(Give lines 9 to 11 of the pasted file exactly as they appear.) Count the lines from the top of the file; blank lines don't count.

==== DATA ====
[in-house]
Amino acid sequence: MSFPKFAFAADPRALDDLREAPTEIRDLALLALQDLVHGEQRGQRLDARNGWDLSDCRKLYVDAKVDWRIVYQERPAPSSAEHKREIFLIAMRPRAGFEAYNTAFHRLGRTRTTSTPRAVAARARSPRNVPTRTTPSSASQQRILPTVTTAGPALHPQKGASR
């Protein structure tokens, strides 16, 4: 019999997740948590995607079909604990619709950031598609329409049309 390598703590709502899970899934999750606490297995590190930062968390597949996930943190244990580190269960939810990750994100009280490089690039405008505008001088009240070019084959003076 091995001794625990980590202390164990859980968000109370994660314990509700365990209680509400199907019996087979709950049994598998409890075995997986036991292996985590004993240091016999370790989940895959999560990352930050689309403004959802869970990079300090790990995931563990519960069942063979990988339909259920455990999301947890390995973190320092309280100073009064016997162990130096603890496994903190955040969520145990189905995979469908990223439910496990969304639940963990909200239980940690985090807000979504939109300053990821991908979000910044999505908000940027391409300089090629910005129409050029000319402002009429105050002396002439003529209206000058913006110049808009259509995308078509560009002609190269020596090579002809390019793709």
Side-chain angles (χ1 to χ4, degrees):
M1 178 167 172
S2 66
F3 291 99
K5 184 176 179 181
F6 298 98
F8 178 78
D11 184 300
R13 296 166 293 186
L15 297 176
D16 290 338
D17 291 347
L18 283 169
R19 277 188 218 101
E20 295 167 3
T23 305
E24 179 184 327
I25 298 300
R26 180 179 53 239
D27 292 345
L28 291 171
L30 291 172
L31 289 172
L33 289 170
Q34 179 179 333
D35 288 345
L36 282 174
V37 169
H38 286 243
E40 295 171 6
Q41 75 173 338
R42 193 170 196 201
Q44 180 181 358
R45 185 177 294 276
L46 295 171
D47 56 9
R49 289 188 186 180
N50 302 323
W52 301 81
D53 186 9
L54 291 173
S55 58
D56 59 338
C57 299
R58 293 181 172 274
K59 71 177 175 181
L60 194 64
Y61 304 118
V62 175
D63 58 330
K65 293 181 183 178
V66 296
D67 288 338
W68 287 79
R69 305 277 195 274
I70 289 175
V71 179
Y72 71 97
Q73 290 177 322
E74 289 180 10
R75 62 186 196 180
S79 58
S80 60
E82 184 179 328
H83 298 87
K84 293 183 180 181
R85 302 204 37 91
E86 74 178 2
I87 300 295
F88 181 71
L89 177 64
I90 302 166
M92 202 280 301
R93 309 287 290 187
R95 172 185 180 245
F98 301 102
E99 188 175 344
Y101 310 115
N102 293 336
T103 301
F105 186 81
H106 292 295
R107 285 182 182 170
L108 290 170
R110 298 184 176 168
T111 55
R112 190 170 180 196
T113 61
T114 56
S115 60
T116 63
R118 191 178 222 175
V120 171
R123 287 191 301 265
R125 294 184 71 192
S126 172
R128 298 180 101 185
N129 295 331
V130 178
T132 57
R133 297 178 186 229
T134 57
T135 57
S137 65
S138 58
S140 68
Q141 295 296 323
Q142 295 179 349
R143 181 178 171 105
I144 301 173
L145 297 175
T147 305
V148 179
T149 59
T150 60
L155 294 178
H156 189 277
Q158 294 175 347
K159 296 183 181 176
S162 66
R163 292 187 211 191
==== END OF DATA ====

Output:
F6 298 98
F8 178 78
D11 184 300